"Just before she went to pre-school she decided to make her own lunch, and since then I've never made her lunch," Karim says. "I think this morning she cooked a salmon pasta, put it in a box … and off she goes."
Leila loves to cook (yes, her own knives get a run) and play piano – when she's not at water polo training – and it was her motivation to create that earned her a place as one of 20 speakers at last year's WAW Gathering, masterminded by Shewry.
An acronym for "what a wonderful world", the WAW Gathering is designed to inspire people in the food community and beyond.
Leila spoke to an audience of about 400 about the importance of making things and the stories around those things.
"Think of how many hands have touched a knife, young and old. Think of how many Sunday roasts it's carved up. Think of how many fingers it has sliced, accidentally," she quipped during her 10-minute talk.
"The reaction after she spoke, it was a thunderous applause," Shewry says. "I would say that was one of the top two or three speeches on the day."
Shewry, who stocks his restaurant with artisan wares, believes the person behind a product is just as important.
He met Leila in early 2014 when he and his team travelled to Tharwa Valley Forge to make a collection of knives.
"I was really drawn towards Leila's personality, and her commitment to the craft was really strong," he says.
Shewry also bought a hunting knife from Leila, a prized possession he keeps in his sock drawer.
"I could relate to [Leila's family] in the way they support each other and the way they support a passion – no matter how unusual that might be," he says.
While some 12-year-olds are entertaining themselves with Katy Perry film clips, Leila is ogling $10,000 Japanese knives.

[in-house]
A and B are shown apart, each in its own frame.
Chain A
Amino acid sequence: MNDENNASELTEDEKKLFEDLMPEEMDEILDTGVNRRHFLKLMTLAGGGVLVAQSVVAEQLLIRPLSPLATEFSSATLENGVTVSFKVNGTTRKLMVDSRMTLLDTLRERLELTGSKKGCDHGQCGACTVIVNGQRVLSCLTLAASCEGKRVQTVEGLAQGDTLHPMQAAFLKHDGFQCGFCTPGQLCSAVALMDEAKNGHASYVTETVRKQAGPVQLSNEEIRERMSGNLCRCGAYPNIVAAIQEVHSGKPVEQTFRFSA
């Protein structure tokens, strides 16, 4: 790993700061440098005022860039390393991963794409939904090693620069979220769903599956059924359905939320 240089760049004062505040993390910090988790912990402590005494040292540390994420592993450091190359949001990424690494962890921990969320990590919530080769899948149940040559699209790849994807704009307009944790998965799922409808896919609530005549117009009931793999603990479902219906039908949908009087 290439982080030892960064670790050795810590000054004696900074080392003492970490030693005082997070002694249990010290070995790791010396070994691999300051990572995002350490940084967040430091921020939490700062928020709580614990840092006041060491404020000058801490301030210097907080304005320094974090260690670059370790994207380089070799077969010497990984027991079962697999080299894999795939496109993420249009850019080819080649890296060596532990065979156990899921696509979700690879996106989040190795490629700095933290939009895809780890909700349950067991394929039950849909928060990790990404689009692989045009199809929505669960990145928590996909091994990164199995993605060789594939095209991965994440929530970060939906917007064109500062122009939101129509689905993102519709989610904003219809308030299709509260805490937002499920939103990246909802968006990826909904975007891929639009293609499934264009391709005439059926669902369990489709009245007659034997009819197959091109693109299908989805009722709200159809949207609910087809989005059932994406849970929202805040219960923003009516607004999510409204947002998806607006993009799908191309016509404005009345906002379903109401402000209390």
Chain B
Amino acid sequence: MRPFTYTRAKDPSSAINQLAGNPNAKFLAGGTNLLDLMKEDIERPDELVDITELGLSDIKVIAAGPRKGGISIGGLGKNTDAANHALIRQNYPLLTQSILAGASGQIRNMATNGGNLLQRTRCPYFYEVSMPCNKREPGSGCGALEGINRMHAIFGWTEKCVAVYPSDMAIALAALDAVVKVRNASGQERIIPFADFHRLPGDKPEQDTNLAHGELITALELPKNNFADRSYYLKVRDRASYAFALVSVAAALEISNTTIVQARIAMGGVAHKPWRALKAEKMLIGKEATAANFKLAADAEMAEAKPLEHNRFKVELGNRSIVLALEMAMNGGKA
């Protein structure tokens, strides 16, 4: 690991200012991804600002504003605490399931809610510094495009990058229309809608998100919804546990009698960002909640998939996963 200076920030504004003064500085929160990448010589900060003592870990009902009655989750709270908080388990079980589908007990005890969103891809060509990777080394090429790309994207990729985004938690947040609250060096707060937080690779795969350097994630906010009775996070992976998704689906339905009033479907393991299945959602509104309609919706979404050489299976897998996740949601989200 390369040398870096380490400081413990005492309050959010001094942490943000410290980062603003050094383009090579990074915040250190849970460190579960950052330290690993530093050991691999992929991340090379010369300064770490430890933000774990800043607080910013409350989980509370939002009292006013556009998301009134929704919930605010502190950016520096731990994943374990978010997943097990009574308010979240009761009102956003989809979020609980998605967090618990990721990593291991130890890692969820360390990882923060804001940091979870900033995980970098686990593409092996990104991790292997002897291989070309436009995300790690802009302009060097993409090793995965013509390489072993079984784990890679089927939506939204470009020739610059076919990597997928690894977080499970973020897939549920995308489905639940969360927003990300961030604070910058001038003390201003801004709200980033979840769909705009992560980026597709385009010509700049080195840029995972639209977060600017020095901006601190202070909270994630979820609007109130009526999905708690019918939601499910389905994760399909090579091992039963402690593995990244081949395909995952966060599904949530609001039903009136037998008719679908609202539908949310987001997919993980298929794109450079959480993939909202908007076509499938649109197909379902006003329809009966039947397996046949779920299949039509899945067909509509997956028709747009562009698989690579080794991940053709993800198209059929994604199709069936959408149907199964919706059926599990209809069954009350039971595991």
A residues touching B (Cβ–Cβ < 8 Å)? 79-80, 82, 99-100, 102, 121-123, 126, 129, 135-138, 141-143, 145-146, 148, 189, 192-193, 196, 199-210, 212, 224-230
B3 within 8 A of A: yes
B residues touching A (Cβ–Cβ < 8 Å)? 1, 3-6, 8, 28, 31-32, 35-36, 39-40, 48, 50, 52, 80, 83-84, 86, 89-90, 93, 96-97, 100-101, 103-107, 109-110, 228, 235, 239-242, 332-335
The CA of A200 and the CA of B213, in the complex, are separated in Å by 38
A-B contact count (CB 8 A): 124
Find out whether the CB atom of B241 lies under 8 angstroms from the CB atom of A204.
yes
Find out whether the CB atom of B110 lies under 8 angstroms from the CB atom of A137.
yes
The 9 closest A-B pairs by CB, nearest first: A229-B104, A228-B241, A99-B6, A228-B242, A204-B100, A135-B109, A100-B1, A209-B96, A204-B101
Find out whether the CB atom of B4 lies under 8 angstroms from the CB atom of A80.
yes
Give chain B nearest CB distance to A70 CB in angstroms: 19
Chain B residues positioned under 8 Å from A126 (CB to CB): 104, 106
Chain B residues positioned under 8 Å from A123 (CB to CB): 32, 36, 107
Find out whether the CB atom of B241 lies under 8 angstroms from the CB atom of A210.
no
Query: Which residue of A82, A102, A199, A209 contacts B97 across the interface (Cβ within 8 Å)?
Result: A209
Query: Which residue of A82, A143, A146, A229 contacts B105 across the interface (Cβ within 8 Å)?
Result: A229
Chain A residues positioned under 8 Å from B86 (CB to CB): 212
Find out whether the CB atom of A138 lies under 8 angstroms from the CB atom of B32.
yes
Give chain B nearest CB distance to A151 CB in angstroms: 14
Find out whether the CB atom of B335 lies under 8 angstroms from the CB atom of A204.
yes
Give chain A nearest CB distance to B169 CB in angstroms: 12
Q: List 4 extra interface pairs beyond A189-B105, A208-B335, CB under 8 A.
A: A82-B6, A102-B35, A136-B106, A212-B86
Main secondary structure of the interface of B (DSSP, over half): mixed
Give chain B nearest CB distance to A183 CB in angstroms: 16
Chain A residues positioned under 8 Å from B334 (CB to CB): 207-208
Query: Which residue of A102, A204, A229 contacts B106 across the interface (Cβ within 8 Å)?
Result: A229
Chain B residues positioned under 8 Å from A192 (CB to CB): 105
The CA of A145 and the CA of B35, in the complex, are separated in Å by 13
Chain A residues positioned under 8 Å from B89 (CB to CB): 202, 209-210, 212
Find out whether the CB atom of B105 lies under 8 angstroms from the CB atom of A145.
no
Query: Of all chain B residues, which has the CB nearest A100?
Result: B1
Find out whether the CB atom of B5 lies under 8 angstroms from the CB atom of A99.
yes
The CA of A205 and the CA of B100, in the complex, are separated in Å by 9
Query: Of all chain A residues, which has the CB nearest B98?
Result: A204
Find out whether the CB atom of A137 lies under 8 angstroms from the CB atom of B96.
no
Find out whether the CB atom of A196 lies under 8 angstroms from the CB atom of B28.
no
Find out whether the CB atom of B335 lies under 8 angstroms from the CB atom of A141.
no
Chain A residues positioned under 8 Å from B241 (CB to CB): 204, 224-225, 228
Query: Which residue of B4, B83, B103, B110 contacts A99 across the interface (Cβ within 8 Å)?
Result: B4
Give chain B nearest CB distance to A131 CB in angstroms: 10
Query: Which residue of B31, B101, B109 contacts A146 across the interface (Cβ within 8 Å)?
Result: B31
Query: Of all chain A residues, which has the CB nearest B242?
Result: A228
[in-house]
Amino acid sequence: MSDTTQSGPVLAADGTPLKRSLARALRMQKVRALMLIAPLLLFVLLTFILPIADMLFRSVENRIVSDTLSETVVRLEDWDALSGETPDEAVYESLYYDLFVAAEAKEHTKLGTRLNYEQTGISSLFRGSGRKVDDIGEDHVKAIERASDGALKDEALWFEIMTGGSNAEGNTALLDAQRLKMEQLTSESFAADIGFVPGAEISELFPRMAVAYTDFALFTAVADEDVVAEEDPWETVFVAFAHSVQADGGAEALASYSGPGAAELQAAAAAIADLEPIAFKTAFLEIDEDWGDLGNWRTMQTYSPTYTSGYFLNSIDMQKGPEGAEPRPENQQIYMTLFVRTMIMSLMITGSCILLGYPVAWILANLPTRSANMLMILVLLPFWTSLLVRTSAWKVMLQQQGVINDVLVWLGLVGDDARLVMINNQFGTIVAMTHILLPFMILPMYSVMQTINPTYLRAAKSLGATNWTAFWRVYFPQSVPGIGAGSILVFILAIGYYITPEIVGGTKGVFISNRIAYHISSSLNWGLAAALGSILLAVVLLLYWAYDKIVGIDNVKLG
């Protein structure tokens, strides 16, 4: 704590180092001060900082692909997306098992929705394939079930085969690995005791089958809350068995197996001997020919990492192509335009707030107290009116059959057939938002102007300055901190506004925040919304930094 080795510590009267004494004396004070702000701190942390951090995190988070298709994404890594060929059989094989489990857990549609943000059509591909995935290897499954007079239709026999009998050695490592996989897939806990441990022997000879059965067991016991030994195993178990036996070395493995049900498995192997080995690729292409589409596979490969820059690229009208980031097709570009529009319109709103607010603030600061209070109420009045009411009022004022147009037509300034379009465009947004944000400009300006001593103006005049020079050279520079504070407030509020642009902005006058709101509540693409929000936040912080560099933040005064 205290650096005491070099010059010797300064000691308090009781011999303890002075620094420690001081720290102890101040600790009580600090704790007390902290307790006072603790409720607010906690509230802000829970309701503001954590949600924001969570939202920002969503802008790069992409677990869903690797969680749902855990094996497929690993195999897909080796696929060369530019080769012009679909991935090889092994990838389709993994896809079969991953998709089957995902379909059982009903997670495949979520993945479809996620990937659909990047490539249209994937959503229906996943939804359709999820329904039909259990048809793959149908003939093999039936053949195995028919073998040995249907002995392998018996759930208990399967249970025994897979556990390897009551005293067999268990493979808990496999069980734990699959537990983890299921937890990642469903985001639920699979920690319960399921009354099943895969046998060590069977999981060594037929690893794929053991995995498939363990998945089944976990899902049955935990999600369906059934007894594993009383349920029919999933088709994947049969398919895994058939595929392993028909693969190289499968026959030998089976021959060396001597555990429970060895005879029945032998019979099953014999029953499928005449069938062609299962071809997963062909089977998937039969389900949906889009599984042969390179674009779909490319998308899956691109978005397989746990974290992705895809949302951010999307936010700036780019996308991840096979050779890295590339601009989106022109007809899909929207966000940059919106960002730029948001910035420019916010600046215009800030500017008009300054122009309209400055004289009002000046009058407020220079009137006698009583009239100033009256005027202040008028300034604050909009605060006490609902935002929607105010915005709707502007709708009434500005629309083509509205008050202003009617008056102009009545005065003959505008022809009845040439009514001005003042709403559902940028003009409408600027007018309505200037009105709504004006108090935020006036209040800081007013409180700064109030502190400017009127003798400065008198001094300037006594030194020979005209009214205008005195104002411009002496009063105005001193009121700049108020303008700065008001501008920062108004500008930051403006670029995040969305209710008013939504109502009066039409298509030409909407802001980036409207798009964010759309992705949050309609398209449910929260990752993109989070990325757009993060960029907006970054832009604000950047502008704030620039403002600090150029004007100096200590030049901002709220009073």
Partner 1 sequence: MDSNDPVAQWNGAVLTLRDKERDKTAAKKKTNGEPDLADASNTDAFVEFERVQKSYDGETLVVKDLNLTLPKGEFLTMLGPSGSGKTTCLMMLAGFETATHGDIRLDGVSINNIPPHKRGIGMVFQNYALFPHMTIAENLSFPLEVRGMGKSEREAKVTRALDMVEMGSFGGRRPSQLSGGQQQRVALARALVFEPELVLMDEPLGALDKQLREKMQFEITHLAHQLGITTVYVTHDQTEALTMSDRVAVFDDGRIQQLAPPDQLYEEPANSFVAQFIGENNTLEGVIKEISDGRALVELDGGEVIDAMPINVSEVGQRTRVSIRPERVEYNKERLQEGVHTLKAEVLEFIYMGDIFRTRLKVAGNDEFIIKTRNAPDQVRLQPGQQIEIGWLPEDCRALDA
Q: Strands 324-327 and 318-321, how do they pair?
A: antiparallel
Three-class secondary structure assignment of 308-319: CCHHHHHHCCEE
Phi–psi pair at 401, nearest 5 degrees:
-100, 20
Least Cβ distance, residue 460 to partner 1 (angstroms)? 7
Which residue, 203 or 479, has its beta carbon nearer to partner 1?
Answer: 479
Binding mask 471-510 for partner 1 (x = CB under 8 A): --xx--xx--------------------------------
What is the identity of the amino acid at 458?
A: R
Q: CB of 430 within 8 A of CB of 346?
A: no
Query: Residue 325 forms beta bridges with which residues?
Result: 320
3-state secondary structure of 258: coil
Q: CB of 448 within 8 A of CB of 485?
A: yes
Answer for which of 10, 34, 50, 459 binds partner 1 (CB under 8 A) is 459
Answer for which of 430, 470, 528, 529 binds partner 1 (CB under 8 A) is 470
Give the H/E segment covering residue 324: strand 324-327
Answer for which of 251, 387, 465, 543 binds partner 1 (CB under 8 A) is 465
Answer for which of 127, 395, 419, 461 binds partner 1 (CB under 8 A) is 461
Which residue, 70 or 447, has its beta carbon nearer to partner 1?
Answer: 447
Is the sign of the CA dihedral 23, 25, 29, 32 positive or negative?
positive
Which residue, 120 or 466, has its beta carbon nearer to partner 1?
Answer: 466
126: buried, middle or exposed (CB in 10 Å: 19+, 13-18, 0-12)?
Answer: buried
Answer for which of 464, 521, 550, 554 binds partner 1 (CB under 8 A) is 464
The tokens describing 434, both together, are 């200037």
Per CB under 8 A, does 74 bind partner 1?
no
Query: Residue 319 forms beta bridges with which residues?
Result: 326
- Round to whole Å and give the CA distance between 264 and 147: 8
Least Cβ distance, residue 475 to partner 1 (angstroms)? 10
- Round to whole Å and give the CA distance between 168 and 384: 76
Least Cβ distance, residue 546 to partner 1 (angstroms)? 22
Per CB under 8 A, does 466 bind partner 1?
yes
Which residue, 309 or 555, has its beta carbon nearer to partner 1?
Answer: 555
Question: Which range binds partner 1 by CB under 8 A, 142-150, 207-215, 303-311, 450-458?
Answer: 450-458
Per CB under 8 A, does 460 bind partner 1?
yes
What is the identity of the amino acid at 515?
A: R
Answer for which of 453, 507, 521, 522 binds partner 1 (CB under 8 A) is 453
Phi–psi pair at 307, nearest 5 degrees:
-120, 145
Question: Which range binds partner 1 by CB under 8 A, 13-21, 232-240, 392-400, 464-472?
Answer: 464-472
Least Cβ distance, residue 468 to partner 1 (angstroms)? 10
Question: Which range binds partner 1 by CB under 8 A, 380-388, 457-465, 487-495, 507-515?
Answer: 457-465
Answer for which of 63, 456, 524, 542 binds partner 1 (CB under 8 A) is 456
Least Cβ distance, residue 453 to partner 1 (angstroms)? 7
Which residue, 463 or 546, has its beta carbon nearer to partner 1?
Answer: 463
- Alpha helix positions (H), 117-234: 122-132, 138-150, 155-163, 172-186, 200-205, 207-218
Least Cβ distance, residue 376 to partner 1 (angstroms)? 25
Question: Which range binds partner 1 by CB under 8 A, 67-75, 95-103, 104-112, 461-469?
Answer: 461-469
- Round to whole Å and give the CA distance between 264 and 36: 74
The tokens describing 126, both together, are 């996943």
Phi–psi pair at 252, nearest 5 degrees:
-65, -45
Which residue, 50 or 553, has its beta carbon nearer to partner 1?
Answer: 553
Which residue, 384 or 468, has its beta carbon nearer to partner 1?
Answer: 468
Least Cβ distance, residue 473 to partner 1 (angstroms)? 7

"At the moment I make lots of different knives," she says. "Sometimes other stuff gets in the way and I don't work on a knife for a couple of weeks but I do try to do it pretty often."
Most weekends she helps Karim teach, and she also teaches the new junior blacksmithing course during school holidays. "It's just nice to share knowledge with other people," she says.
Leila is a regular at knife shows around the country, where she'll take eight to 10 knives and often sell out.
"She's got one fella she has an ongoing rivalry with, and we try to put them next to each other whenever we can because Leila outsells him all the time, and he gets really wound up about it," laughs Karim.
She has rather a knack for making an impression. A knifemaker she knew, who has since died, once sent her a box of special handle materials he'd collected.
"He was quite sick at the time and he wasn't going to last much longer, but he was really keen that she would go on and make some knives with some of those things," Karim says.
And while Leila's long-term dreams are for now undreamt – "I don't really even know what I'm doing tomorrow," she jokes – she plans to do just that: to continue making things and honing her craft.
"To get it perfectly right at every step, that's the challenging bit," she says. "Dad says to be really good at something you need to forge 100 knives."
Here's to the next 70, then.
Follow Leila on Instagram: @leilasknives
Correction: The original version of this story stated Leila Haddad made her first knife at age 9. She was 10. This has been amended above.